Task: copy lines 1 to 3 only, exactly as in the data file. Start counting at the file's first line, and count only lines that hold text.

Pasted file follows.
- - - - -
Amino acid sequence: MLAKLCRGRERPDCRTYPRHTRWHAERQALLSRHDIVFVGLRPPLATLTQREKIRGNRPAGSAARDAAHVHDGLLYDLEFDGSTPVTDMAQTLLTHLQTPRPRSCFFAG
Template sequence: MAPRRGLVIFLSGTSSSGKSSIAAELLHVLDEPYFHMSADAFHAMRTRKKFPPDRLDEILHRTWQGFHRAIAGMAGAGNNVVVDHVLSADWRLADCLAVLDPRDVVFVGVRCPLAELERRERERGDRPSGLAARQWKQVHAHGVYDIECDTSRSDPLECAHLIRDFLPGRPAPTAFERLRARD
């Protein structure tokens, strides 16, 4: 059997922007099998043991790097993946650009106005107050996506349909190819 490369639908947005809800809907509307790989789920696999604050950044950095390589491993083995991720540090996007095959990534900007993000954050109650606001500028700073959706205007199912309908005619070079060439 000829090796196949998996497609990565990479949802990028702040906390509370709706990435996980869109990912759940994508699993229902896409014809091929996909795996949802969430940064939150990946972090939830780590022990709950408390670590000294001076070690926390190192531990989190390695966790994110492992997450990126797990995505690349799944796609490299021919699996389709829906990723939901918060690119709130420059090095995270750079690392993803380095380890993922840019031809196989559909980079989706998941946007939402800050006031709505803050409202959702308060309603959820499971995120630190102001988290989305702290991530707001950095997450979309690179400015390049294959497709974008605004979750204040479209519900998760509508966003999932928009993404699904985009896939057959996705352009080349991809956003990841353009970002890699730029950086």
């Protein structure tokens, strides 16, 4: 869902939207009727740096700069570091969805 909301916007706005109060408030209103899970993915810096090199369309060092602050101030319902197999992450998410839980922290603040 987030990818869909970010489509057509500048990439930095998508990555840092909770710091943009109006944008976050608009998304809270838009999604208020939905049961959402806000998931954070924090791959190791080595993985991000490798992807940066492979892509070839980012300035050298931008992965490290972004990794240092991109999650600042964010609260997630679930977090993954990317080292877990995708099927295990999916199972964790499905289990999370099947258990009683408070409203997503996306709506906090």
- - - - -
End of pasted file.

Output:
Amino acid sequence: MLAKLCRGRERPDCRTYPRHTRWHAERQALLSRHDIVFVGLRPPLATLTQREKIRGNRPAGSAARDAAHVHDGLLYDLEFDGSTPVTDMAQTLLTHLQTPRPRSCFFAG
Template sequence: MAPRRGLVIFLSGTSSSGKSSIAAELLHVLDEPYFHMSADAFHAMRTRKKFPPDRLDEILHRTWQGFHRAIAGMAGAGNNVVVDHVLSADWRLADCLAVLDPRDVVFVGVRCPLAELERRERERGDRPSGLAARQWKQVHAHGVYDIECDTSRSDPLECAHLIRDFLPGRPAPTAFERLRARD
């Protein structure tokens, strides 16, 4: 059997922007099998043991790097993946650009106005107050996506349909190819 490369639908947005809800809907509307790989789920696999604050950044950095390589491993083995991720540090996007095959990534900007993000954050109650606001500028700073959706205007199912309908005619070079060439 000829090796196949998996497609990565990479949802990028702040906390509370709706990435996980869109990912759940994508699993229902896409014809091929996909795996949802969430940064939150990946972090939830780590022990709950408390670590000294001076070690926390190192531990989190390695966790994110492992997450990126797990995505690349799944796609490299021919699996389709829906990723939901918060690119709130420059090095995270750079690392993803380095380890993922840019031809196989559909980079989706998941946007939402800050006031709505803050409202959702308060309603959820499971995120630190102001988290989305702290991530707001950095997450979309690179400015390049294959497709974008605004979750204040479209519900998760509508966003999932928009993404699904985009896939057959996705352009080349991809956003990841353009970002890699730029950086």